A recent decision from the Illinois Court of Appeals has strengthened protections for when police officers may enter a home without a warrant. As most Americans know, the Fourth Amendment requires that police officers get a warrant to enter someone’s home without permission, or at least have a very good reason to avoid this rule, such as a reasonable suspicion that someone’s life is in danger if they don’t enter.
Of course, whether the police are right to enter a residence without a warrant is rarely a clear cut issue. Sometimes police believe they have every right to enter a home without getting a warrant first, and if that action results in an arrest, the suspect may need to go to court to have any evidence police find suppressed, and making sure that decision is upheld can even require going before the appellate court.
People v. Swanson
In People v. Swanson, decided earlier this month, the defendant was coming home from a bar when he lost control of his vehicle on an icy road and crashed into a ditch approximately two miles from his home in Hinckley, Illinois.
The airbags deployed and the man only cut his finger, but the vehicle would not start, so he locked his car and went to a nearby home for assistance. At the first home, the residents would not let the man home and even pulled a gun on him. No one was home at the second residence, so he decided to return to his own home.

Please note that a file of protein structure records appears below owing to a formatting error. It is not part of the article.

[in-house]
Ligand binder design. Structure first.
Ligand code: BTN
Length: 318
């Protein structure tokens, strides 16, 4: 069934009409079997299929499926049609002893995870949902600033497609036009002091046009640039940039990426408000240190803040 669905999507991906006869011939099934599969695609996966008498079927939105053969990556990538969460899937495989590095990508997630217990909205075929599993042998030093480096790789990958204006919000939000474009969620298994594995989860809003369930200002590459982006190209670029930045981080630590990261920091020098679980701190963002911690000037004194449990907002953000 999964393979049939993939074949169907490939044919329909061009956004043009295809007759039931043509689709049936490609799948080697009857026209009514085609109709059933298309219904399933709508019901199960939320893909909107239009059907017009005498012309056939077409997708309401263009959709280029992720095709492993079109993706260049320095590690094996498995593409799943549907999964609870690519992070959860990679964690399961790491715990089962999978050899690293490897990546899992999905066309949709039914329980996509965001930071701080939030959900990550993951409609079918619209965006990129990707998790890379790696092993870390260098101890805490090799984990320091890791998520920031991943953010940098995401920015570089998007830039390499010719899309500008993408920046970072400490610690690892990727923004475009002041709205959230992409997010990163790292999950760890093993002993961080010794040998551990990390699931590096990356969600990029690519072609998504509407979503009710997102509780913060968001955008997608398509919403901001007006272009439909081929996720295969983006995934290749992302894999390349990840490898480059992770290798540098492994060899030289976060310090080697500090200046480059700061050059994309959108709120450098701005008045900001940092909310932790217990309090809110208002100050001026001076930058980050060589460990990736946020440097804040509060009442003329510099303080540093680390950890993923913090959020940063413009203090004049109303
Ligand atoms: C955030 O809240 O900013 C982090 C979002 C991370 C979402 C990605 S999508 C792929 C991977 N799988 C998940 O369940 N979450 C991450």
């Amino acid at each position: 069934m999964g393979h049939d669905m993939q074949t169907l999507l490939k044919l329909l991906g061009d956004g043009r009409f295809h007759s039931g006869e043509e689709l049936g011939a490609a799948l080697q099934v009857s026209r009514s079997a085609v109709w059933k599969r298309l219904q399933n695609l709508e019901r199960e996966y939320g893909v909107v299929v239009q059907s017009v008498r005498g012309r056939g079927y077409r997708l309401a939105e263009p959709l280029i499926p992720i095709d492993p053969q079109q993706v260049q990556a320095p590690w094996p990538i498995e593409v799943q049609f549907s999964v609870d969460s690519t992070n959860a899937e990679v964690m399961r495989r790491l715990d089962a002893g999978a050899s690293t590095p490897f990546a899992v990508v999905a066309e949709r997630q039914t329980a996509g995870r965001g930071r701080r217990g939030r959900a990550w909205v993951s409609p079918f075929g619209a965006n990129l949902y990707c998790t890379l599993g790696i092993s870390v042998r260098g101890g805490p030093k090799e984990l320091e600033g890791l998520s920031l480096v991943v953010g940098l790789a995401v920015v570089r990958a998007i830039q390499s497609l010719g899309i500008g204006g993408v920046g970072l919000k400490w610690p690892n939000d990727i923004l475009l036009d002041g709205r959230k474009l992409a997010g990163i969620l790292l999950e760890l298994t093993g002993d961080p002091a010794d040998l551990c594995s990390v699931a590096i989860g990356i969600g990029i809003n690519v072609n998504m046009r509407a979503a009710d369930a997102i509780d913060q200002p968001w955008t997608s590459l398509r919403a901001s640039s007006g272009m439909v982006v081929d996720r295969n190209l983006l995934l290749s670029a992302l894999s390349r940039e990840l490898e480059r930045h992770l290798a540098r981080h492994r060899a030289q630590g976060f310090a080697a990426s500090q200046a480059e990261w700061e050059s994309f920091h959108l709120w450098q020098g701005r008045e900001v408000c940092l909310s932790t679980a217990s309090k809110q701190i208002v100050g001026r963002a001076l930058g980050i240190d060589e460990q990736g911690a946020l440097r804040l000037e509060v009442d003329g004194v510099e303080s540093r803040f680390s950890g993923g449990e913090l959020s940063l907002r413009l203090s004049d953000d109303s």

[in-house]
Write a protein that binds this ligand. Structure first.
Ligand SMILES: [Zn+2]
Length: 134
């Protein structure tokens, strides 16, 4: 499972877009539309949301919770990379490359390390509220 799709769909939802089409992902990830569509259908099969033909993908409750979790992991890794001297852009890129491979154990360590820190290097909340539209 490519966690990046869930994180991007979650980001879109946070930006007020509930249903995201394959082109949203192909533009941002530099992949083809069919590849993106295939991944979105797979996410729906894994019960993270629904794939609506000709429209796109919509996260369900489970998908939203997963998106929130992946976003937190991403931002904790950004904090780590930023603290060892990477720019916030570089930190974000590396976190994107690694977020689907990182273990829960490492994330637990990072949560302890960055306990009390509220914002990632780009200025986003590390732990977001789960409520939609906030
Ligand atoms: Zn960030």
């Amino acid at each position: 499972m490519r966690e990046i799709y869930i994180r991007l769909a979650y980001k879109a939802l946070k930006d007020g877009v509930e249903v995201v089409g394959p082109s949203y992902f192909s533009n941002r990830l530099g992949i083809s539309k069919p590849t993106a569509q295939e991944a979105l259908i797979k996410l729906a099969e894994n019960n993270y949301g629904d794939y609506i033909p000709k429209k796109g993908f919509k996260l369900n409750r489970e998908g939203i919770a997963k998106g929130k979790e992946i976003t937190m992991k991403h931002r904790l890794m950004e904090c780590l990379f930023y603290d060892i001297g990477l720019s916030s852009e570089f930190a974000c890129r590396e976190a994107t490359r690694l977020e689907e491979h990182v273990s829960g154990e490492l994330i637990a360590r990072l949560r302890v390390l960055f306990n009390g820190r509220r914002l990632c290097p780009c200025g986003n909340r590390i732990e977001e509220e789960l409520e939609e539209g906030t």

In the meantime, police officers found the abandoned vehicle and contacted the defendant’s wife to tell him that her husband and been involved in a car accident and could not be located.
The man soon returned home, however, and his wife contacted dispatchers to let them know that he was safe. This was not enough for police officers though, who insisted on coming to the home to see for themselves.
Stories conflict about what happened next, though it did result in the man being arrested and charged with driving under the influence, leaving the scene of an accident, and several other misdemeanors. The woman repeatedly insisted before the trial court that she did not give the police consent to enter her home, though police claim she did. The trial court sided with the woman, and granted the man’s motions to suppress evidence and rescind a statutory summary suspension of his license.
The state appealed this ruling, but finding the woman to be credible and no applicable exception that would have allowed the police to enter without a warrant, the appellate court upheld the ruling of the trial court.
Contact a Chicago Defense Appeals Lawyer
Sometimes the ruling of a trial court is not enough to clear your name, and you must file an appeal to have evidence suppressed or get a conviction vacated. Criminal appeals are complex matters best handled by experienced Illinois appellate attorneys. If you’re considering an appeal in a criminal case, contact Barney & Hourihane today for a consultation about your case.
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